Association News

NEMA-Backed Carbon Monoxide Bill signed into law in California.

Press Release Summary:

May 19, 2010 - On May 7, Carbon Monoxide Poisoning Prevention Act of 2010 (SB 183) was signed into law by Governor Arnold Schwarzenegger. SB 183 requires existing homes and dwelling units to be outfitted with carbon monoxide alarms beginning July 2011. According to NEMA President and CEO Evan R. Gaddis, enactment of this bill and adoption of similar provisions in 2010 state codes will reduce likelihood of carbon monoxide poisoning and protect health and safety of California's families and tourists.

National Electrical Manufacturers Association (NEMA) - Rosslyn, VA

Original Press Release

NEMA-Backed Carbon Monoxide Bill Signed into Law in California

Press release date: May 11, 2010

ROSSLYN, Va., -NEMA-championed legislation, the Carbon Monoxide Poisoning Prevention Act of 2010 (SB 183), was signed into law by California Governor Arnold Schwarzenegger on May 7, 2010.

According to NEMA President and CEO Evan R. Gaddis, this is a significant win for the citizens of California and the life safety community and industry.

"The enactment of this bill-and the adoption of similar provisions in the 2010 state codes-will reduce the likelihood of carbon monoxide poisoning and protect the health and safety of California's families and tourists," Gaddis said.

SB 183 requires existing homes and dwelling units to be outfitted with carbon monoxide (CO) alarms, beginning in July 2011. The new law will complement provisions in the 2010 California Residential Code and 2010 California Building Code that require the installation of CO detection and notification devices in new dwellings in the state, beginning in January 2011. With passage of this law, California joins more than two dozen other states in requiring CO protection in homes and other residential and commercial occupancies.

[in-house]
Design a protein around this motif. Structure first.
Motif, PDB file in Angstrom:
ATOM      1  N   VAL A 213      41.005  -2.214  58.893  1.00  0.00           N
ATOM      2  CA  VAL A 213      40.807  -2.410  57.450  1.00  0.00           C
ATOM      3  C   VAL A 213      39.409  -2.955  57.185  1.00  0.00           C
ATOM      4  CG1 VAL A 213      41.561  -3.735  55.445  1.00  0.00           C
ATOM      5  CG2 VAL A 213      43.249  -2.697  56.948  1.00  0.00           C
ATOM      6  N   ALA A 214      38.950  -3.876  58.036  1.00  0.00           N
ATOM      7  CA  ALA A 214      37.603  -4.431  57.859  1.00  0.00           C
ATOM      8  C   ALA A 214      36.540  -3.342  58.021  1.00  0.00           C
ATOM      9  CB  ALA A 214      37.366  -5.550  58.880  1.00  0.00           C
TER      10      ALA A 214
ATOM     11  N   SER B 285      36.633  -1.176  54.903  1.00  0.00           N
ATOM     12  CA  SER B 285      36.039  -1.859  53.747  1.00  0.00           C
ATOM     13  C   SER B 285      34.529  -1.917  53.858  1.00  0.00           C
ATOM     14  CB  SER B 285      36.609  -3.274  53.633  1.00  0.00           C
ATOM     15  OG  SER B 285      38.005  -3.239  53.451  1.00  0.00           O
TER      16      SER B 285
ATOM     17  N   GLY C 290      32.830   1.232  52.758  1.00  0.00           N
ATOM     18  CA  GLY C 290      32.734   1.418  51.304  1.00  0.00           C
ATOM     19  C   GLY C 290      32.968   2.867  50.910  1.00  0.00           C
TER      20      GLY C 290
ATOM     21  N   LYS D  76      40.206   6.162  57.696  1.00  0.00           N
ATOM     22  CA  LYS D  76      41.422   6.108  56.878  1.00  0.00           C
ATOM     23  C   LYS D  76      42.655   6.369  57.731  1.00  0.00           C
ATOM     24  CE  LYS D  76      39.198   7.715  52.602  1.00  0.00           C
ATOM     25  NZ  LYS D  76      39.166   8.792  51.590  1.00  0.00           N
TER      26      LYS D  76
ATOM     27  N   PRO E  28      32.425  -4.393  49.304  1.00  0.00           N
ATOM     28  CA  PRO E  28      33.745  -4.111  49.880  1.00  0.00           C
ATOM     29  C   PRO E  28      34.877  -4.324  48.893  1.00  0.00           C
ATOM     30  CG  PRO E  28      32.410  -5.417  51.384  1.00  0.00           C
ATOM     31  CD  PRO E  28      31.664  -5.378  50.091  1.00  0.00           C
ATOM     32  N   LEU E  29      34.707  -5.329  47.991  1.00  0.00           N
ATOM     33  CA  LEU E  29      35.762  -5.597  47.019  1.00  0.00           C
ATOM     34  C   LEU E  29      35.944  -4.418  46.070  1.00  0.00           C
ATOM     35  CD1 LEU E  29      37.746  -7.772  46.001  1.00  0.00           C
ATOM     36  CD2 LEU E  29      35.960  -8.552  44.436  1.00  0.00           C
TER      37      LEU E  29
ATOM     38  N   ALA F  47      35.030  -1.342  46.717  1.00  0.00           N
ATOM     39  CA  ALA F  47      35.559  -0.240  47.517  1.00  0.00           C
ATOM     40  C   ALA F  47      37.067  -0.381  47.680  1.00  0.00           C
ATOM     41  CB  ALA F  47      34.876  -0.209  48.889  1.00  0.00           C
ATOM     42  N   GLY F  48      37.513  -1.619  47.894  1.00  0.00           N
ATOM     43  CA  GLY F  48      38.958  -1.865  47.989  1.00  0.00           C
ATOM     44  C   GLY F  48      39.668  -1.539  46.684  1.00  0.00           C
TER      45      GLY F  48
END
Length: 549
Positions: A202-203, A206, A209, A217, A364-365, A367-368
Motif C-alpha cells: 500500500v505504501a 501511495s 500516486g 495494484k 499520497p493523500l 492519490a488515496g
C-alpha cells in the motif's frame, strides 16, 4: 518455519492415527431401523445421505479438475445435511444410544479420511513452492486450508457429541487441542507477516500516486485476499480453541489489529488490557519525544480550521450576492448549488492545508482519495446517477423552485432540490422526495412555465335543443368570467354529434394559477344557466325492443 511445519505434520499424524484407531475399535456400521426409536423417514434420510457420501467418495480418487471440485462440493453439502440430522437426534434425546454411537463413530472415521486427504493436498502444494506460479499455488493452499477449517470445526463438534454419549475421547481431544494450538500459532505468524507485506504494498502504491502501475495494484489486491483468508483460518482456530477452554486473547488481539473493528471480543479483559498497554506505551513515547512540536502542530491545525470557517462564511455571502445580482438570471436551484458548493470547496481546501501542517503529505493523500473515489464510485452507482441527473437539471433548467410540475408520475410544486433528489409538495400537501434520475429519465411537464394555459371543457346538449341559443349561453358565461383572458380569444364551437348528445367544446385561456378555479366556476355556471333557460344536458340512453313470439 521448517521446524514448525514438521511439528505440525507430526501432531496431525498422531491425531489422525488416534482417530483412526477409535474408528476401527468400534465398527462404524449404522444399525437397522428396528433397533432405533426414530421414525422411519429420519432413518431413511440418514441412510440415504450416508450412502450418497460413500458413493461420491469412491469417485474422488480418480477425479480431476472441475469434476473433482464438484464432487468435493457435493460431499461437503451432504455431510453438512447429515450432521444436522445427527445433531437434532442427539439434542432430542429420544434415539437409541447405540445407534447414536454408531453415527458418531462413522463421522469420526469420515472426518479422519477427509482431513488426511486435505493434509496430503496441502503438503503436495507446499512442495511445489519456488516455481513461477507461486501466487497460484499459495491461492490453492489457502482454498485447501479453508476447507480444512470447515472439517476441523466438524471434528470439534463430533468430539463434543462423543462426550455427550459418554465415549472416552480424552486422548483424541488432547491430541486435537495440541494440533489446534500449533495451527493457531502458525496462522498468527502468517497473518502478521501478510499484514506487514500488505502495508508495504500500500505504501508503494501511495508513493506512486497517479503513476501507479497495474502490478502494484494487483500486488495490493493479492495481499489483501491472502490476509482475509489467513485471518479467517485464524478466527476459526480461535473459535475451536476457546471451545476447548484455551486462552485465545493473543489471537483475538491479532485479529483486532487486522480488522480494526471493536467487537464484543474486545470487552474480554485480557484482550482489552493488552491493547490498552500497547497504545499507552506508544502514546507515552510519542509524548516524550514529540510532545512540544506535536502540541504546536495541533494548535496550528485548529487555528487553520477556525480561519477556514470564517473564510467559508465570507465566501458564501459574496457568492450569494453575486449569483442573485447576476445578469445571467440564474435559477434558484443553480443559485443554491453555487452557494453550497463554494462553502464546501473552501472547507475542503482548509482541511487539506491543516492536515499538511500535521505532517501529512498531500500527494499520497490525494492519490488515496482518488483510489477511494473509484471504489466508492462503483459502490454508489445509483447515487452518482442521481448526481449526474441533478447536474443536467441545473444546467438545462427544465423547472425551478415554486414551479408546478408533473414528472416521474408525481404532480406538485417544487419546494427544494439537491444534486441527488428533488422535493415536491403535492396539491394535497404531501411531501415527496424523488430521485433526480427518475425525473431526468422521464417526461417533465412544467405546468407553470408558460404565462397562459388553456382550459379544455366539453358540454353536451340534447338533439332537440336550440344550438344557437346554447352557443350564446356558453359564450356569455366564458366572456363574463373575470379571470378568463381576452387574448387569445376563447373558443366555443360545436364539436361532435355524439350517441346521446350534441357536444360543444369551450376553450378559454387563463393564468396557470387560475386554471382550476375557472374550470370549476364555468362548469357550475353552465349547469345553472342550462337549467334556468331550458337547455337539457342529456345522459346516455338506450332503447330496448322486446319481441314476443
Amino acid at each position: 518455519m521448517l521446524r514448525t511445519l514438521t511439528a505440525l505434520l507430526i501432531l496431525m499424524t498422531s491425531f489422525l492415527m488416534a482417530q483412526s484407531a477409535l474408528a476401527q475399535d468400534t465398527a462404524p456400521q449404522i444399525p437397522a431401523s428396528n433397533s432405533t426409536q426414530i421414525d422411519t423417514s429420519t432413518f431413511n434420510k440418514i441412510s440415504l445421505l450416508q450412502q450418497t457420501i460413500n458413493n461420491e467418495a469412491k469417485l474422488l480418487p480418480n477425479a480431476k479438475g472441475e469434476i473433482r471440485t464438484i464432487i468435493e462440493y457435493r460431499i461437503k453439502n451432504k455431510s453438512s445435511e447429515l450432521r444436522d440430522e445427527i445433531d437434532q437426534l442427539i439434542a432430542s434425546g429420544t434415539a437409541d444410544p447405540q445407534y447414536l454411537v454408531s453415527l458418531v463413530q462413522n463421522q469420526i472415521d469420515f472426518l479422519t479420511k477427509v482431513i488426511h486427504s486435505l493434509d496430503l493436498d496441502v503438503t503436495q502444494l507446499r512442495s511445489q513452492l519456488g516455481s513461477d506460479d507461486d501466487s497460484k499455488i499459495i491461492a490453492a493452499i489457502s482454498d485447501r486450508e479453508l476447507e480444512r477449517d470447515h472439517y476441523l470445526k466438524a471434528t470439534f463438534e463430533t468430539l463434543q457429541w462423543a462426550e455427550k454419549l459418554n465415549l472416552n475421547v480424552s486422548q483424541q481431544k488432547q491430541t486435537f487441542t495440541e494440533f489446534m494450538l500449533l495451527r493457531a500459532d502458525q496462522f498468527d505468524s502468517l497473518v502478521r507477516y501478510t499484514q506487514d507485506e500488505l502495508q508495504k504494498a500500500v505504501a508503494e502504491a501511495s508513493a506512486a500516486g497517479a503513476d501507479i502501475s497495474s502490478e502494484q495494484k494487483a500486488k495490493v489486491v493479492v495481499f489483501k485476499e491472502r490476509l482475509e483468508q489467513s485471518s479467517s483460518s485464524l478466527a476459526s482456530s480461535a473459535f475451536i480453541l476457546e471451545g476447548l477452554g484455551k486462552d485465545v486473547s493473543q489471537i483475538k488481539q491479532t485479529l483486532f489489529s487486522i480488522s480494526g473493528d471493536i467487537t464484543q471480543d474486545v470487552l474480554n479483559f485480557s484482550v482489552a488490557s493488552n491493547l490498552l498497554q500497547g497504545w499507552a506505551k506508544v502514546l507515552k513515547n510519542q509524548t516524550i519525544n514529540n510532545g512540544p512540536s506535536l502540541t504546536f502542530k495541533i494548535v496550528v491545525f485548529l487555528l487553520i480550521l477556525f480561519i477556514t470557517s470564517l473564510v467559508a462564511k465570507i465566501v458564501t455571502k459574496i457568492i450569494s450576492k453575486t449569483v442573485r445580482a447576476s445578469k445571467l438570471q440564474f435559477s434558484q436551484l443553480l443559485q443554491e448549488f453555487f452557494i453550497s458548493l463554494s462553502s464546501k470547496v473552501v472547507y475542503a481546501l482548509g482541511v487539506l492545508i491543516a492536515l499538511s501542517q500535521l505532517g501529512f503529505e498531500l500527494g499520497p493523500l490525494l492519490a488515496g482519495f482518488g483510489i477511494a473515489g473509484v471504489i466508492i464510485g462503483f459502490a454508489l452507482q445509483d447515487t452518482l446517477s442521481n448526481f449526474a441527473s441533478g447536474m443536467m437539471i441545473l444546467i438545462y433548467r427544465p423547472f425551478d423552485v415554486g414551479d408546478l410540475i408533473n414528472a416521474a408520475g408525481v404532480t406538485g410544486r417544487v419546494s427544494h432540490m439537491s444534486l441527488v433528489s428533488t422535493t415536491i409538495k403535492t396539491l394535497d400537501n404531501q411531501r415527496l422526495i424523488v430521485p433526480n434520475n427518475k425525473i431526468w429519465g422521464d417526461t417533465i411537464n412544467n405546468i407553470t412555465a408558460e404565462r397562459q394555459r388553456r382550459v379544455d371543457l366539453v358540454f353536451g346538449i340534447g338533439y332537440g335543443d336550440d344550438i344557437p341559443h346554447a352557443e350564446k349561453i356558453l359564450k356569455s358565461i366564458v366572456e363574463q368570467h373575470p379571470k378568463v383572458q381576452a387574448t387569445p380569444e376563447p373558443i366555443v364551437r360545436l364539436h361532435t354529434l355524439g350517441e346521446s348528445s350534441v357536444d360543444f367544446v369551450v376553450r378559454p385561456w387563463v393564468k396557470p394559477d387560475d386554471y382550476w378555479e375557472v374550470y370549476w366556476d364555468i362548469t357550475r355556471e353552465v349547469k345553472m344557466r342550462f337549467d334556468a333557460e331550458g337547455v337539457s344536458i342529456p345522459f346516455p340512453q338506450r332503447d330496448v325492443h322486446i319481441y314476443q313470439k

Carbon monoxide poisoning is the leading cause of accidental poisoning death in the United States. High concentrations of CO-a colorless, odorless gas that is produced when fossil fuel is incompletely burned-can cause cognitive impairment, loss of consciousness, coma, and often death. Carbon monoxide detection and notification devices installed in residential and other dwellings provide an effective way to reduce the incidence of CO poisoning.

NEMA is the association of electrical and medical imaging equipment manufacturers. Founded in 1926 and headquartered near Washington, D.C., its approximately 450 member companies manufacture products used in the generation, transmission and distribution, control, and end use of electricity. These products are used in utility, industrial, commercial, institutional, and residential applications. The association's Medical Imaging & Technology Alliance (MITA) Division represents manufacturers of cutting-edge medical diagnostic imaging equipment including MRI, CT, x-ray, and ultrasound products. Worldwide sales of NEMA-scope products exceed $120 billion. In addition to its headquarters in Rosslyn, Virginia, NEMA also has offices in Beijing and Mexico City.

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May is National Electrical Safety Month and a great time to review your electrical safety practices. Visit electrical-safety.org for resources and tools from the Electrical Safety Foundation International (ESFI).